Brown is the second most common name in Scotland and is also found frequently in England and the USA as well as other parts of the world. It might be thought that a name such as this, which was spread so widely, would not have a specifically Scottish pedigree. But the Broun family (spelt thus) has a crest recognised by the Lord Lyon King at Arms and is included in the list of clans and families maintained by the Standing Council of Scottish Chiefs. They also have a recognised tartan.
The French "Le Brun" appeared early in England (around 970) but did not arise in Scotland until the 12th century. Walterus Brown was involved with the church in Glasgow in 1116 and Richard de Broun and others with the same surname signed the Ragman Roll> in 1296 when all the nobles and landowners were forced to swear allegiance to King Edward I> of England.
A long line of Browns, which can be traced for 850 years, is the Brouns of Colstoun in East Lothian. The first of the line may have been Sir David le Brun who gave the land and witnessed the charter founding the Abbey of Holyroodhouse in 1128. These Brouns claimed that they were originally descended from the royal house of France - their arms bore the three gold lilies of France. The Broun arms registered with the Lord Lyon has a lion rampant holding a French "fleur de lis".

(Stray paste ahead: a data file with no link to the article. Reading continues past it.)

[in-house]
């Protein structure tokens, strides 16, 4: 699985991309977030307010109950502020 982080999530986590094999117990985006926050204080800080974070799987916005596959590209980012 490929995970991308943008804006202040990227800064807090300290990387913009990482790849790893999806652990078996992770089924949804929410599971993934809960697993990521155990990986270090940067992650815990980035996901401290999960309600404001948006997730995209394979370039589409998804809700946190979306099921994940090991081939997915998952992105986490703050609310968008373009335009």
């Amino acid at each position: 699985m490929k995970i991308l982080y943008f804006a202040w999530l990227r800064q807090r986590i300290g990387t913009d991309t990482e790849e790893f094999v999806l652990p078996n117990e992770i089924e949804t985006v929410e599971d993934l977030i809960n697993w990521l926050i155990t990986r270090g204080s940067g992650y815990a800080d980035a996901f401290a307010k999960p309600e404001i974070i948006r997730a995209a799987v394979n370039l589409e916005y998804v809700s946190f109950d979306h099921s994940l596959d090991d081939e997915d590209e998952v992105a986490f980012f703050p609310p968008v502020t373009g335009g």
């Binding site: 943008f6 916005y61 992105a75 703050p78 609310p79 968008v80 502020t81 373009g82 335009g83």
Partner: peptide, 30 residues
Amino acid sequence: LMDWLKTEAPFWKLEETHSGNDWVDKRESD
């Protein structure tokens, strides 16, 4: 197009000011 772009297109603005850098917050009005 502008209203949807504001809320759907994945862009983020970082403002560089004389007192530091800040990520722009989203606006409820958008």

Sir John Brune was High Sheriff of Aberdeenshire in 1368. Patrick Broun of Colstoun was created a baronet of Nova Scotia in 1686. The 13th Baronet is Sir William Windsor Broun who lives in New South Wales, Australia.
Robert Brown, who was born in Montrose in 1773 was a botanist who worked in Australia. His experiments on powder suspended in water resulted in a phenomenon known as the "Brownian Motion".
Agnes Broun was the mother of the poet Robert Burns> and the name occurs frequently in Ayrshire. James Brown of Lochton was the provost (roughly the mayor) of Dundee in 1844-47.
George Brown of Edinburgh emigrated to Canada in 1843 and was influential in the purchase of the Northwest Territories by Canada.
The name Brown was adopted by a fair number of Highland clansmen when they wanted to get rid of their cumbersome (or at times politically incorrect) Gaelic names. John Brown, Queen Victoria's famous gillie may have been in this category. Additionally, it has been suggested by some researchers that at least some of Celtic origins may have been named after local judges who were called "brehons".
The Brown clan motto is "Floreat majestas" which means "Let majesty flourish".
Browns are regarded as septs (sub-branch) of the Lamont or MacMillan clans.
Brown was the 2nd most frequent surname at the General Register Office> in 1995.
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